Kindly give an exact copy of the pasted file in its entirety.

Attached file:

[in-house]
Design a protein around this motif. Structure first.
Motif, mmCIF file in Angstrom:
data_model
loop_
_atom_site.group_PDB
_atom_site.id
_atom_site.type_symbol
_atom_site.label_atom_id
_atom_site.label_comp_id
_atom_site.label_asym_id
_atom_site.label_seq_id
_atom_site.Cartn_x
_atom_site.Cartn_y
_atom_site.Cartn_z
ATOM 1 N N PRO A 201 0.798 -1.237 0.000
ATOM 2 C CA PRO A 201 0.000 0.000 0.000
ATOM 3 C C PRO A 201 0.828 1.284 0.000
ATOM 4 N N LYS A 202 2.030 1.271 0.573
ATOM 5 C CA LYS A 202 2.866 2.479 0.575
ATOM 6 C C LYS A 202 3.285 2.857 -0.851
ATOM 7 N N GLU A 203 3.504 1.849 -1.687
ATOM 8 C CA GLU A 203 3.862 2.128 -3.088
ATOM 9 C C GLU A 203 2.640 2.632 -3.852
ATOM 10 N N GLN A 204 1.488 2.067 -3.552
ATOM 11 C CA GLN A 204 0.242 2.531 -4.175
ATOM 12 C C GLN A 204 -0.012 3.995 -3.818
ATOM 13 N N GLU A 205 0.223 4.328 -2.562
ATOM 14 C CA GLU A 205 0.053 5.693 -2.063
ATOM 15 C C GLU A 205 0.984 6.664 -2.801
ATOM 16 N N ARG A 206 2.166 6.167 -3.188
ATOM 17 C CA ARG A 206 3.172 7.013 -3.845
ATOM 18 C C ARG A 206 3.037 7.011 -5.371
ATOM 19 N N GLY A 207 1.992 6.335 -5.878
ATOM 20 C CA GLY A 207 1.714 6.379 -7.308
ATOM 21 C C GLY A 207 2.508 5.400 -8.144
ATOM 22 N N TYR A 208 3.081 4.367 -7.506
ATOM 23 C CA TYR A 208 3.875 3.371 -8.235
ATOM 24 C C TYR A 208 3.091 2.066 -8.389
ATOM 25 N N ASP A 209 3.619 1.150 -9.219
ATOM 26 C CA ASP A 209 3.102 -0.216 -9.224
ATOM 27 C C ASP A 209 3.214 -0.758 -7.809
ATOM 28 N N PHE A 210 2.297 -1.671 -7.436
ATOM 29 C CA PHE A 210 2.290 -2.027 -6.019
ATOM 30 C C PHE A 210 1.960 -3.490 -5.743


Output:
[in-house]
Design a protein around this motif. Structure first.
Motif, mmCIF file in Angstrom:
data_model
loop_
_atom_site.group_PDB
_atom_site.id
_atom_site.type_symbol
_atom_site.label_atom_id
_atom_site.label_comp_id
_atom_site.label_asym_id
_atom_site.label_seq_id
_atom_site.Cartn_x
_atom_site.Cartn_y
_atom_site.Cartn_z
ATOM 1 N N PRO A 201 0.798 -1.237 0.000
ATOM 2 C CA PRO A 201 0.000 0.000 0.000
ATOM 3 C C PRO A 201 0.828 1.284 0.000
ATOM 4 N N LYS A 202 2.030 1.271 0.573
ATOM 5 C CA LYS A 202 2.866 2.479 0.575
ATOM 6 C C LYS A 202 3.285 2.857 -0.851
ATOM 7 N N GLU A 203 3.504 1.849 -1.687
ATOM 8 C CA GLU A 203 3.862 2.128 -3.088
ATOM 9 C C GLU A 203 2.640 2.632 -3.852
ATOM 10 N N GLN A 204 1.488 2.067 -3.552
ATOM 11 C CA GLN A 204 0.242 2.531 -4.175
ATOM 12 C C GLN A 204 -0.012 3.995 -3.818
ATOM 13 N N GLU A 205 0.223 4.328 -2.562
ATOM 14 C CA GLU A 205 0.053 5.693 -2.063
ATOM 15 C C GLU A 205 0.984 6.664 -2.801
ATOM 16 N N ARG A 206 2.166 6.167 -3.188
ATOM 17 C CA ARG A 206 3.172 7.013 -3.845
ATOM 18 C C ARG A 206 3.037 7.011 -5.371
ATOM 19 N N GLY A 207 1.992 6.335 -5.878
ATOM 20 C CA GLY A 207 1.714 6.379 -7.308
ATOM 21 C C GLY A 207 2.508 5.400 -8.144
ATOM 22 N N TYR A 208 3.081 4.367 -7.506
ATOM 23 C CA TYR A 208 3.875 3.371 -8.235
ATOM 24 C C TYR A 208 3.091 2.066 -8.389
ATOM 25 N N ASP A 209 3.619 1.150 -9.219
ATOM 26 C CA ASP A 209 3.102 -0.216 -9.224
ATOM 27 C C ASP A 209 3.214 -0.758 -7.809
ATOM 28 N N PHE A 210 2.297 -1.671 -7.436
ATOM 29 C CA PHE A 210 2.290 -2.027 -6.019
ATOM 30 C C PHE A 210 1.960 -3.490 -5.743